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China’s re-globalisation paradox | The Economist

At the annual World Economic Forum meeting this week in Davos, Switzerland, China’s economic tsar, Liu He, met a number of “old friends” he had not seen during his country’s long battle with covid-19. In a solicitous speech, he acknowledged the importance of in-person meetings, lamented the fragmentation of the world and called for economic “re-globalisation”. In a philosophical aside, he also emphasised the “duality” of things.

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China’s recently abandoned “zero-covid” policy cut the country off from the rest of the world, contributing to the fragmentation Mr Liu bemoaned. But China’s period of isolation had a notable duality of its own. Although the movement of people across China’s borders was sharply curtailed, the movement of goods from China to the rest of the world was spectacular. Despite all the disruptions, China’s exports grew by almost 30% in dollar terms in 2021 and by another 7% in 2022, according to figures released on January 13th. Perhaps in-person meetings are overrated.

China’s episodic lockdowns proved less damaging to trade than feared at the time. When Shanghai was brought to a standstill in April and May, many worried it would clog international supply chains and push up global inflation. But a lot of trade passed through nearby Ningbo instead. An index of global supply-chain pressure, created by economists at the Federal Reserve Bank of New York, peaked at the end of 2021, before China’s fraught battles with Omicron last year. The index’s decline since then was interrupted by the Shanghai lockdown and Russia’s invasion of Ukraine, but not for long (see chart). Prices tell a similar story. In June, when the headline inflation rate in the United States peaked at 9.1%, the average price of Chinese imports into America rose by only 3.3%, compared with a year earlier.

With the abrupt removal of China’s zero-covid policy, the flow of people, like Mr Liu, across the mainland’s borders has resumed. The number of passengers on Air China’s international routes rose by a third in December compared with the previous month. Other parts of the economy will also improve as the year unfolds. A recovery is expected in retail spending, which fell last year and would have been even weaker had it not been for the anxious stockpiling of food and medicines. The outlook should also improve for home sales, which shrank by more than a quarter in 2022, the sharpest decline on record. The government has given property developers a “blood transfusion”, Mr Liu reported in Davos, helping them raise finance. It has also taken steps to quicken the pulse of the market, which he hopes will help developers raise much-needed revenue.

But the glaring exception to this brighter outlook is exports. They are likely to fare worse in China’s year of reopening than in its last year of lockdowns. Indeed, the monthly figures have been negative in the past three releases. According to ubs, a bank, merchandise exports will shrink by 4% in dollar terms in 2023 as a whole. This would be only their fifth such fall since 1980. The re-globalisation of China’s people will coincide with a deglobalisation of its goods. China will attract many more foreign visitors and fewer foreign sales.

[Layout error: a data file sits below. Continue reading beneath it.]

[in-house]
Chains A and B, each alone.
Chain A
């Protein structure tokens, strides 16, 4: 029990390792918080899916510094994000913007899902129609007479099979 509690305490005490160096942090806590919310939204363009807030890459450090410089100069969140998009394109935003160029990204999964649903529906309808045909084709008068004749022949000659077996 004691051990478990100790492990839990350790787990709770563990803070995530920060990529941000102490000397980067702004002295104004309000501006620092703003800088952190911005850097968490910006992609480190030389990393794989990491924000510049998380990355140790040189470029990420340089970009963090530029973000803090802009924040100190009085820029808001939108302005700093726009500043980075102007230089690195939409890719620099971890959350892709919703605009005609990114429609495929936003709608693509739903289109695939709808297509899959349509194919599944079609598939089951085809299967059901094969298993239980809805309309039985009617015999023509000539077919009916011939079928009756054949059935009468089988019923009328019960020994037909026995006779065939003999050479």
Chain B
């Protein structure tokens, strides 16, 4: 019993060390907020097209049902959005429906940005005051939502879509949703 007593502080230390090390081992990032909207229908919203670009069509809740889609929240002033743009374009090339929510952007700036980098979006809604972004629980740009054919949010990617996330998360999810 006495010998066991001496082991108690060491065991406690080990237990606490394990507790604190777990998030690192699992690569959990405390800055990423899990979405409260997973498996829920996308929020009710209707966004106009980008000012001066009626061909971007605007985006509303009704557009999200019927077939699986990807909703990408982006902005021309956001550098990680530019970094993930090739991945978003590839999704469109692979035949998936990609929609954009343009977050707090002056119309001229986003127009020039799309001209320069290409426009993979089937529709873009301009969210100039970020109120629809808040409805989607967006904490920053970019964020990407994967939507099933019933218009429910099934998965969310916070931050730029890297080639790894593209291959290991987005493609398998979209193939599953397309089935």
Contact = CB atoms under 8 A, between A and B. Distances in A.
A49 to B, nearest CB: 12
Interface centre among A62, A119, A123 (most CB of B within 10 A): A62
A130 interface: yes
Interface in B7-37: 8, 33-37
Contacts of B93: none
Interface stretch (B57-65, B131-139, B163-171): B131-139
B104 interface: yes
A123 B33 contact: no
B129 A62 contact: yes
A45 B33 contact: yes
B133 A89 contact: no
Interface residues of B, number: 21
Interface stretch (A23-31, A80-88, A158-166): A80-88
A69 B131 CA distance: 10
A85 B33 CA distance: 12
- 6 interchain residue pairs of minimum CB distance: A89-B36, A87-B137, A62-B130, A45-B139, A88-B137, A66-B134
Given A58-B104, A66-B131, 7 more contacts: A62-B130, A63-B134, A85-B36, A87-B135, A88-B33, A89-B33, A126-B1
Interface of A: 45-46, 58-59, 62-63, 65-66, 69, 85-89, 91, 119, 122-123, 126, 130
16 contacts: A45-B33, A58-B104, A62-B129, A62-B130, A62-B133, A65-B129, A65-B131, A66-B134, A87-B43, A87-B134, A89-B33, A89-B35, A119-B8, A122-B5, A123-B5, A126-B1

In one important respect, China’s reopening has made life harder for its exporters. The turnaround in China’s zero-covid policy has contributed to a revival of the yuan, which has risen by 8% against the dollar since the start of November, making Chinese exports less competitive. Mr Liu invited his audience in Davos to visit China again. But even before the global capitalists arrive, global capital has rushed to reacquaint itself with Chinese assets, bidding up the price of its currency. Exporters have also converted more of their dollar earnings into yuan.

The main reason for the export bust, though, lies outside China. The slowdown in the world economy will cut demand for its wares. And the landing will not necessarily be soft. In December, for example, China’s sales to America, the eu and Japan fell by 17% compared with a year earlier. Ting Lu of Nomura, another bank, worries that China will suffer from the so-called bullwhip effect. A small dip in demand from consumers can lead to pronounced drops in orders for upstream suppliers, just as a small flick of the wrist can lead to a vicious crack of the whip.

Even if the level of global spending proves resilient, the mix is becoming less favourable to China. In America and other rich countries consumption has shifted from the sorts of electronic goods that are prized by people working from home to the services people enjoy when they are able to move and mingle. China’s global shipments of computers and their parts shrank by 35% in the latest trade figures. When the threat of lockdowns dangled over global supply chains, people worried that China’s exporters were a source of vulnerability for the world economy. Instead, the world economy is proving a source of vulnerability for China’s exporters.

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Rayna Prime

Rayna Prime

Rayna Prime Editor